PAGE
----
Top court rejects US pastor’s petition, citing expiry of legal period for filing: report

Turkey’s Constitutional Court has rejected an individual petition claiming a violation of rights from a US pastor who was convicted on terrorism-related charges in Turkey in 2018, on the grounds that he did not file his application within the legally required period of 30 days after his release from prison, Turkish Minute reported, citing the Anka news agency.

In October 2018 a Turkish court convicted American pastor Andrew Brunson of aiding terrorism but sentenced him to time served and ordered his immediate release.

Brunson had been behind bars for two years on bogus terrorism and espionage-related charges. Prosecutors accused the pastor of being linked to both the outlawed Kurdistan Workers’ Party (PKK) and Fethullah Gülen, the US-based Muslim cleric Turkish authorities claim orchestrated a failed coup in 2016 despite his strong denial. He had been put under house arrest in July 2018 for reasons of health, but his arrest strained relations between Turkey and the United States.

Brunson filed the petition at the top court, claiming that his rights to liberty and security were violated due to his prolonged detention as well as measures related to his release on judicial probation.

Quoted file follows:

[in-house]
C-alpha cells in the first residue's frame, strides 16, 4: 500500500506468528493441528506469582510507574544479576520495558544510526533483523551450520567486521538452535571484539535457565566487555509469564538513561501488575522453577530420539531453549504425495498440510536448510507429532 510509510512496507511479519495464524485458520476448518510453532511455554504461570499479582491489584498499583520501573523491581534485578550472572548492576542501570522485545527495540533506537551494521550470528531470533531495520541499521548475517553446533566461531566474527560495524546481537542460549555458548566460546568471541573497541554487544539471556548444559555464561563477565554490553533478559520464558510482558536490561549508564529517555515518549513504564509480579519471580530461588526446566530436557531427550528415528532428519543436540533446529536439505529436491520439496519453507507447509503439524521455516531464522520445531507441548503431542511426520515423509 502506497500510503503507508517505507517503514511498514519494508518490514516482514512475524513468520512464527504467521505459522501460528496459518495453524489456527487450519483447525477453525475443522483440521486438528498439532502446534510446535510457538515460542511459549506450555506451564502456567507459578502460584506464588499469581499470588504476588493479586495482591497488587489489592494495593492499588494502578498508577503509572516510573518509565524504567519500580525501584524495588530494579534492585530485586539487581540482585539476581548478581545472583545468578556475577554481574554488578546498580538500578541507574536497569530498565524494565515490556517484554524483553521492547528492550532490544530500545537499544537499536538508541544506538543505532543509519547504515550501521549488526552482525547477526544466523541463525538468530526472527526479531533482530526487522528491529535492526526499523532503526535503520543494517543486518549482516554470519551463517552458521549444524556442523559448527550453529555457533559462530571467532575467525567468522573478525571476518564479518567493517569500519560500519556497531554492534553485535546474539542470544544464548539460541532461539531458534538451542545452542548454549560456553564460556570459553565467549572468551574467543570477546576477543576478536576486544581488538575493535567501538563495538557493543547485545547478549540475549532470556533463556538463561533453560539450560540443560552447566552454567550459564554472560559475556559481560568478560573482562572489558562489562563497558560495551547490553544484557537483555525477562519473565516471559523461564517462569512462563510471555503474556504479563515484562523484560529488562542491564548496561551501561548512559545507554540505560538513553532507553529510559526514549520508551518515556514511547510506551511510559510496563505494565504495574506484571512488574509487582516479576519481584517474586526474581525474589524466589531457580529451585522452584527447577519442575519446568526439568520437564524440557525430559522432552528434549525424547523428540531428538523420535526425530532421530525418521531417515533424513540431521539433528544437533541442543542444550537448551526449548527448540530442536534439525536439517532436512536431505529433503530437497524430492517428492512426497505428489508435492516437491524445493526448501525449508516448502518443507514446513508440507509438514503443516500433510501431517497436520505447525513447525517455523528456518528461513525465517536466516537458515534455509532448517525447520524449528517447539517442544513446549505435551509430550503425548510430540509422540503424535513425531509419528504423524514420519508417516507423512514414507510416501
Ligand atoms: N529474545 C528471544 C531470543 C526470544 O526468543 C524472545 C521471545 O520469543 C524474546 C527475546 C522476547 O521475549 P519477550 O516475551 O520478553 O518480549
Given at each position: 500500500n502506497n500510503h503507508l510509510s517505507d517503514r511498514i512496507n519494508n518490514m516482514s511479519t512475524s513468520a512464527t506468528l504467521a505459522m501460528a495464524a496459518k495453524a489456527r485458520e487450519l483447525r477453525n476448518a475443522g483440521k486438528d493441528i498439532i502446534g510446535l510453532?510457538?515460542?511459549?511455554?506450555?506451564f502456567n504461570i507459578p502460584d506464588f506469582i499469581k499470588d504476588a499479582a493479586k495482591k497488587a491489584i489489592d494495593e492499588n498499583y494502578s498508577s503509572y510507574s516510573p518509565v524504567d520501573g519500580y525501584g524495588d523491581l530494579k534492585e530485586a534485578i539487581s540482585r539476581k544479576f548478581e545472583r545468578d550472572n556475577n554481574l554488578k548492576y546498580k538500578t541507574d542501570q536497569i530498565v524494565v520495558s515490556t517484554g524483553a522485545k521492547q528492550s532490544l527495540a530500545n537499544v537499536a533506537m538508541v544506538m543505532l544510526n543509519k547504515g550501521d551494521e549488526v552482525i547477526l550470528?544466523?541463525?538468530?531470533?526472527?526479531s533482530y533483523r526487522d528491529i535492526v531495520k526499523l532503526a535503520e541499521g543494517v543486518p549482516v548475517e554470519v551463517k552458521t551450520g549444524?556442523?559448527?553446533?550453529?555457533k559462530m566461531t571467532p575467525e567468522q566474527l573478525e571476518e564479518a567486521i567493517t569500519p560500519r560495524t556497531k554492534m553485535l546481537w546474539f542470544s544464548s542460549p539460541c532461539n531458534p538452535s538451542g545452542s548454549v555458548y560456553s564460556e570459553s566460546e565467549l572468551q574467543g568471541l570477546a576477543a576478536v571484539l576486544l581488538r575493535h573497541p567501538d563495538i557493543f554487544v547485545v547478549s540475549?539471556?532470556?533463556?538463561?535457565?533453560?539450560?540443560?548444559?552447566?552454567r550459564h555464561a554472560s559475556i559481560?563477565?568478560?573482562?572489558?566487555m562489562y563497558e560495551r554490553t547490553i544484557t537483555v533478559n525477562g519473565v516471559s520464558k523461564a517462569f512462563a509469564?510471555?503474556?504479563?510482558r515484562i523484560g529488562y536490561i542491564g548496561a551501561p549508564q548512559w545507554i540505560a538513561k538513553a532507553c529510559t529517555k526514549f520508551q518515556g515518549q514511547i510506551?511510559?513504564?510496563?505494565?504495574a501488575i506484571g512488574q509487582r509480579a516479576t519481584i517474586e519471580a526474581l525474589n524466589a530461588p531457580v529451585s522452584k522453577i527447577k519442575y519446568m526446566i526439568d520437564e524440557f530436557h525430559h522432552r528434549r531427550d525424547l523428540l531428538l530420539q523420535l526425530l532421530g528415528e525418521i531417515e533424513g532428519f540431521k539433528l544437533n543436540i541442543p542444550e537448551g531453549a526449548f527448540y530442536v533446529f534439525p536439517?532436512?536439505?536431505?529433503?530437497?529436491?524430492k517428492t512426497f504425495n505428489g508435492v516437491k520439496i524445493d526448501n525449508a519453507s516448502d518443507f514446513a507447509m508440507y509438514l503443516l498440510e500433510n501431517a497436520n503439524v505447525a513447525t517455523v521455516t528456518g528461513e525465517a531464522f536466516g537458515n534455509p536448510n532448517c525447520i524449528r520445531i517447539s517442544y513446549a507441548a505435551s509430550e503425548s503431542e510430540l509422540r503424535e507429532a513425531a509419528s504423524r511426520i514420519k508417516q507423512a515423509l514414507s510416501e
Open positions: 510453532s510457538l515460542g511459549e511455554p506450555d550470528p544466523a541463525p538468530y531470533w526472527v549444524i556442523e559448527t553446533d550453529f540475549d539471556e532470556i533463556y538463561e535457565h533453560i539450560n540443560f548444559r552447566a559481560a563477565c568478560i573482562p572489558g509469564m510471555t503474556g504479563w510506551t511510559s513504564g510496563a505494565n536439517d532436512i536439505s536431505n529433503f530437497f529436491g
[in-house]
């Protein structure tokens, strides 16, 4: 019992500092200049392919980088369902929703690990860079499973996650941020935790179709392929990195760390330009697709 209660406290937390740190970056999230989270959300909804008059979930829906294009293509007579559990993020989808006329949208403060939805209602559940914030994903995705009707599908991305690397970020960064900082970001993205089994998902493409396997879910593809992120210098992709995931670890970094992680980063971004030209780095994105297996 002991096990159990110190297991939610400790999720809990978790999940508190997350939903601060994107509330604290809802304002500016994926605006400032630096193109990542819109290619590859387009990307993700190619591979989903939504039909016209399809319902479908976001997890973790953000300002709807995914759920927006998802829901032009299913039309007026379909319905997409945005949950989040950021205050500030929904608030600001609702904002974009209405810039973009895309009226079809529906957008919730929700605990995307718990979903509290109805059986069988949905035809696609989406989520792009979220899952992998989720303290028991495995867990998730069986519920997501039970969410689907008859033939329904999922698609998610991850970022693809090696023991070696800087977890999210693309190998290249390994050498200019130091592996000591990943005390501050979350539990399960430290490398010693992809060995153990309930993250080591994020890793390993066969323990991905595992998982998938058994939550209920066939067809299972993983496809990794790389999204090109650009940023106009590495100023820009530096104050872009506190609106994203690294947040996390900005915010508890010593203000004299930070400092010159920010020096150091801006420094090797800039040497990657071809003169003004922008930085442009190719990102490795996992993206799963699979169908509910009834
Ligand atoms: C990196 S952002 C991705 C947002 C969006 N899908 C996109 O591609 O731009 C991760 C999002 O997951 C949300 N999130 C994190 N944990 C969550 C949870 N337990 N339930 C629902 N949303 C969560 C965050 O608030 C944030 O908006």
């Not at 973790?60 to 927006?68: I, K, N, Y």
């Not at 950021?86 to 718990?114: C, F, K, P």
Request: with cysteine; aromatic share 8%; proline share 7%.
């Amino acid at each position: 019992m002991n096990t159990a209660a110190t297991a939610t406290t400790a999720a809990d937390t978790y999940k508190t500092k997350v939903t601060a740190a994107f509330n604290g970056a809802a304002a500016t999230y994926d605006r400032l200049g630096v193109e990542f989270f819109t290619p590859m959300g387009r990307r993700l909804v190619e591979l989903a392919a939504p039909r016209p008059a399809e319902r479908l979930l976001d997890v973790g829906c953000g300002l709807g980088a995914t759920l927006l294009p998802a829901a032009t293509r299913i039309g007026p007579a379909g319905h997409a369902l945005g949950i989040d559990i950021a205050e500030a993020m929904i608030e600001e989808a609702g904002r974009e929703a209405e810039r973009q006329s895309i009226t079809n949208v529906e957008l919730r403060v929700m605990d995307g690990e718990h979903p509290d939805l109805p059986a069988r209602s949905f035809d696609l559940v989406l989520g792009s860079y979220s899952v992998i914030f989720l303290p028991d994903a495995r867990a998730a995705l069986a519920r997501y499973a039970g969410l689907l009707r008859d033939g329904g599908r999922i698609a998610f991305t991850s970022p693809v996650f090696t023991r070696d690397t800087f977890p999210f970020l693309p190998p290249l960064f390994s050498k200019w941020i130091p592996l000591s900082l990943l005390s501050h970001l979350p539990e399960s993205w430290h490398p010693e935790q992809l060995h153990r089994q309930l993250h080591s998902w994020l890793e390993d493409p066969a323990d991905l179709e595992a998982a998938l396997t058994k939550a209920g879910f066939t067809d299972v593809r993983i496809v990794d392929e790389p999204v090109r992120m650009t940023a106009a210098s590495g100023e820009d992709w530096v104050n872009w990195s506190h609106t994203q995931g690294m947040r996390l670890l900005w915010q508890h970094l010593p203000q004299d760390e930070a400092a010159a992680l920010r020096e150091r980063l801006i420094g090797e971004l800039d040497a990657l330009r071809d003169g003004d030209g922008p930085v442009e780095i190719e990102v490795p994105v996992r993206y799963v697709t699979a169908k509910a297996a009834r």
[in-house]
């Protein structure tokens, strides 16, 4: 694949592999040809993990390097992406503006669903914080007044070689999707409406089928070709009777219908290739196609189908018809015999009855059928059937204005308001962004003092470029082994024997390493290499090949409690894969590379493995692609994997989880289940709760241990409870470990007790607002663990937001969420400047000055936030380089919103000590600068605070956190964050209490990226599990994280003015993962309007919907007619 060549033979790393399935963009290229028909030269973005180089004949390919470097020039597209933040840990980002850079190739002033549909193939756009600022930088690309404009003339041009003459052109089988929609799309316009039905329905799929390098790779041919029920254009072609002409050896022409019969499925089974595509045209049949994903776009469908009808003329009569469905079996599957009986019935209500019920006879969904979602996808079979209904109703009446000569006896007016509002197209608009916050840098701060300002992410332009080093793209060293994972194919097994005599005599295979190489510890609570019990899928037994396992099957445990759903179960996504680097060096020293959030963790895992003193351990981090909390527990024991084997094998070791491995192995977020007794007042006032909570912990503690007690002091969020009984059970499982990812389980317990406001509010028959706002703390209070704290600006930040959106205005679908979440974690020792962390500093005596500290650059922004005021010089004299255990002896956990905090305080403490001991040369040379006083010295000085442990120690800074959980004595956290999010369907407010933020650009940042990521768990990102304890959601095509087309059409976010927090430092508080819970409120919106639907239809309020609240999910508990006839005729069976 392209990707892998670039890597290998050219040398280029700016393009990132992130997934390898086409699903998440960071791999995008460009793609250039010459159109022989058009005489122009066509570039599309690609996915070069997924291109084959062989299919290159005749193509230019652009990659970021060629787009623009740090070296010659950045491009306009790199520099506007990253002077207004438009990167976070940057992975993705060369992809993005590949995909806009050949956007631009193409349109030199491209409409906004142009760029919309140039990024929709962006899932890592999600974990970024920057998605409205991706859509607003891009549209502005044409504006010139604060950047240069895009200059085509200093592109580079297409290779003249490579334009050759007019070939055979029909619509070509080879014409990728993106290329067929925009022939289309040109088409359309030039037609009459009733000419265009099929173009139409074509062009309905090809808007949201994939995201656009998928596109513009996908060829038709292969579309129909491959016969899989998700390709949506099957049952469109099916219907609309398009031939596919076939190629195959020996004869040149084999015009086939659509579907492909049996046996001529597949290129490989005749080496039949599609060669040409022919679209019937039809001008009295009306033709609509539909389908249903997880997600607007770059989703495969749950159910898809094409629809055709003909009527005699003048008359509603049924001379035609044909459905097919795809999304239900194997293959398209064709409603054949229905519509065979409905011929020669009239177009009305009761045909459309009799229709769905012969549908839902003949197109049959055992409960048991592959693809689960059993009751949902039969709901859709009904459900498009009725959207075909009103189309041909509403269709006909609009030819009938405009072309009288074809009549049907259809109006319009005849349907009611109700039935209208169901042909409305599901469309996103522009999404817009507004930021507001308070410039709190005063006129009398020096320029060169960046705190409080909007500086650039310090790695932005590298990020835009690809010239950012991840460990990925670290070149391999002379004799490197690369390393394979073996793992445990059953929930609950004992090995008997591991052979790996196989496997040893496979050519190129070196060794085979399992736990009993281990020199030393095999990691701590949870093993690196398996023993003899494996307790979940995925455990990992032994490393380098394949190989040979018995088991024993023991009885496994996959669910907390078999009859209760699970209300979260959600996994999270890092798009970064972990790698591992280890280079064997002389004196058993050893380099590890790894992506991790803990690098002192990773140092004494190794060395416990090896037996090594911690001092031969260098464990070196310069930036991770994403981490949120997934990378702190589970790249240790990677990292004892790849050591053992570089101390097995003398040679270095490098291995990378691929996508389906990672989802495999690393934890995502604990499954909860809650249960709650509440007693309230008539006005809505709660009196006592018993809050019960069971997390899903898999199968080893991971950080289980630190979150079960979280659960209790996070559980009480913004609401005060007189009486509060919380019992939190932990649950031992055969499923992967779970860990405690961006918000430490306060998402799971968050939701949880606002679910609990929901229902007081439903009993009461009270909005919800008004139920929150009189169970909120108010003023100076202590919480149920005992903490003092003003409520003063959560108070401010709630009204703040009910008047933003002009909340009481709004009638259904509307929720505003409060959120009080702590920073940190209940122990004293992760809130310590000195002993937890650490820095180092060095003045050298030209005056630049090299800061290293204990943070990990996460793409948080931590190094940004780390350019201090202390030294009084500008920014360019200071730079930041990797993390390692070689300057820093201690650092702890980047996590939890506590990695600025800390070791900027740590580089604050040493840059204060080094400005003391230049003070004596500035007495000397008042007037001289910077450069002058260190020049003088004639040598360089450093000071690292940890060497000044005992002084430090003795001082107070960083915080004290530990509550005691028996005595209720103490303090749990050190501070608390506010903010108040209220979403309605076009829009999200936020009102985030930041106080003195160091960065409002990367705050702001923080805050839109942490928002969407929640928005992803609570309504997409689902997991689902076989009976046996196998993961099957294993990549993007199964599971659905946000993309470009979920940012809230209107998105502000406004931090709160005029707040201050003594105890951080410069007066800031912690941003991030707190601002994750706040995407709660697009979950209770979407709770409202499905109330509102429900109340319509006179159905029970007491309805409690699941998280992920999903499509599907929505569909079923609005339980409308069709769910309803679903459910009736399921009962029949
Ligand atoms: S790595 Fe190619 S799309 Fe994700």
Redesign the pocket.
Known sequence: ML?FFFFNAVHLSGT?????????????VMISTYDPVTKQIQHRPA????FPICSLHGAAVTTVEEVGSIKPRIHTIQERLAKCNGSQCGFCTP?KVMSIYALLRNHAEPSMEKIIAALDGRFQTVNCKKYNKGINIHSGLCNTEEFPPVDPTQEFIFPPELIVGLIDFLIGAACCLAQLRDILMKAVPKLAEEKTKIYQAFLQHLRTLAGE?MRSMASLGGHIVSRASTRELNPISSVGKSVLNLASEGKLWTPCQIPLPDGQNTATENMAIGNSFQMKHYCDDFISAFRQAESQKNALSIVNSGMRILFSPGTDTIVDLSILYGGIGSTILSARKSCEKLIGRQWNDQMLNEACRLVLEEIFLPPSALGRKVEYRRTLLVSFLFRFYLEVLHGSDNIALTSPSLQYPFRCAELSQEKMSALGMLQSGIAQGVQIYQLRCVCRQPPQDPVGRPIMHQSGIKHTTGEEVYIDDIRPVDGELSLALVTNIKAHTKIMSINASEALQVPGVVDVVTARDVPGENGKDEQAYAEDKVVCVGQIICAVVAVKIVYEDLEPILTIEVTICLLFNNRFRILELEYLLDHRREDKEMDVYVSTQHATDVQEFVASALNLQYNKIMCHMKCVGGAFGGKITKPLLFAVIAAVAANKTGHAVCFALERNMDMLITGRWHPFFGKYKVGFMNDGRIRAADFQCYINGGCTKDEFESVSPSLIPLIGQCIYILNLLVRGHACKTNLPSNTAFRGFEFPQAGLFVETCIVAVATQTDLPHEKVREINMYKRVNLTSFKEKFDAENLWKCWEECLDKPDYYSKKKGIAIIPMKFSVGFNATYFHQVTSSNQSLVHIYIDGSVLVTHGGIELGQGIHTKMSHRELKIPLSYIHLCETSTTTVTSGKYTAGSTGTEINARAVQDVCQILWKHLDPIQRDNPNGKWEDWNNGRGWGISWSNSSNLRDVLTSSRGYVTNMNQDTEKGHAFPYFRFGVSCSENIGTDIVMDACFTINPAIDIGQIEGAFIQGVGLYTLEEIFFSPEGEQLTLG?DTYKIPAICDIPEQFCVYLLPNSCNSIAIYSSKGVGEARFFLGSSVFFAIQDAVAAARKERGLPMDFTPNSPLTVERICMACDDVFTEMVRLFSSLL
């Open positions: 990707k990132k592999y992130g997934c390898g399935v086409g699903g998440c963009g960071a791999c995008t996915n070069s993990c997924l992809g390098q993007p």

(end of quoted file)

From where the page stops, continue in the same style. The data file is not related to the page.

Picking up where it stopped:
However, the court rejected his application unanimously on the grounds that Brunson filed his petition 99 days after his release from prison rather than the 30 days required by law.

The court also said the judicial probation measures, which were taken by two high criminal courts in İzmir where Brunson stood trial were appropriate given the fact that Brunson is a foreign national and was considered a flight risk.

When Brunson was moved to house arrest, he was ordered to wear an electronic bracelet at all times and barred from traveling outside the country.

Turkish prosecutors had sought a 35-year sentence for Brunson, who they accused of spying and supporting terrorists under the cover of humanitarian aid and interfaith dialogue. That request was later reduced to 10 years at the trial.

He was swept up in the wave of arrests that followed a botched military coup in Turkey in 2016 during which hundreds of thousands of people — including artists, intellectuals and ordinary Turks — were detained.

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